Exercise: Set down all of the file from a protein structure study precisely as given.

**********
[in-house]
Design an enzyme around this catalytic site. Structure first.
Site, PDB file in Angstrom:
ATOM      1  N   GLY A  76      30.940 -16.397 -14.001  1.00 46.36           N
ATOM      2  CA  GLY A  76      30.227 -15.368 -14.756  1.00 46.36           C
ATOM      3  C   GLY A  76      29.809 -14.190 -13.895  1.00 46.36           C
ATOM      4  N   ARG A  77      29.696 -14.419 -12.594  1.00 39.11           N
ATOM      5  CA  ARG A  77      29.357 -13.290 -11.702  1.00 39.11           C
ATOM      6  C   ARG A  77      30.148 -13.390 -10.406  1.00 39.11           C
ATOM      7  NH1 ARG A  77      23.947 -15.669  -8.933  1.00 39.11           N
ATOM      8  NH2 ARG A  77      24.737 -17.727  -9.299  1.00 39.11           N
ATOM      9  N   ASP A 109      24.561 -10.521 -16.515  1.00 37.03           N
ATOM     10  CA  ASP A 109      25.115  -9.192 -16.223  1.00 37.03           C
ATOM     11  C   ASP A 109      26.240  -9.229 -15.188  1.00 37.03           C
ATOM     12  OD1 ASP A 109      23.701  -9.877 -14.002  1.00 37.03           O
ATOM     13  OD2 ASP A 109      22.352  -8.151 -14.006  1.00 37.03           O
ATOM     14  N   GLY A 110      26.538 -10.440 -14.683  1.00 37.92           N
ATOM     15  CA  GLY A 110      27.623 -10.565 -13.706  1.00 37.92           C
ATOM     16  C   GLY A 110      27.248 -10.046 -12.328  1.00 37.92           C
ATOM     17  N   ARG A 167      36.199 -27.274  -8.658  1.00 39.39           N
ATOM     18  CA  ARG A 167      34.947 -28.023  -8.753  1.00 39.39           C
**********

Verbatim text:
[in-house]
Design an enzyme around this catalytic site. Structure first.
Site, PDB file in Angstrom:
ATOM      1  N   GLY A  76      30.940 -16.397 -14.001  1.00 46.36           N
ATOM      2  CA  GLY A  76      30.227 -15.368 -14.756  1.00 46.36           C
ATOM      3  C   GLY A  76      29.809 -14.190 -13.895  1.00 46.36           C
ATOM      4  N   ARG A  77      29.696 -14.419 -12.594  1.00 39.11           N
ATOM      5  CA  ARG A  77      29.357 -13.290 -11.702  1.00 39.11           C
ATOM      6  C   ARG A  77      30.148 -13.390 -10.406  1.00 39.11           C
ATOM      7  NH1 ARG A  77      23.947 -15.669  -8.933  1.00 39.11           N
ATOM      8  NH2 ARG A  77      24.737 -17.727  -9.299  1.00 39.11           N
ATOM      9  N   ASP A 109      24.561 -10.521 -16.515  1.00 37.03           N
ATOM     10  CA  ASP A 109      25.115  -9.192 -16.223  1.00 37.03           C
ATOM     11  C   ASP A 109      26.240  -9.229 -15.188  1.00 37.03           C
ATOM     12  OD1 ASP A 109      23.701  -9.877 -14.002  1.00 37.03           O
ATOM     13  OD2 ASP A 109      22.352  -8.151 -14.006  1.00 37.03           O
ATOM     14  N   GLY A 110      26.538 -10.440 -14.683  1.00 37.92           N
ATOM     15  CA  GLY A 110      27.623 -10.565 -13.706  1.00 37.92           C
ATOM     16  C   GLY A 110      27.248 -10.046 -12.328  1.00 37.92           C
ATOM     17  N   ARG A 167      36.199 -27.274  -8.658  1.00 39.39           N
ATOM     18  CA  ARG A 167      34.947 -28.023  -8.753  1.00 39.39           C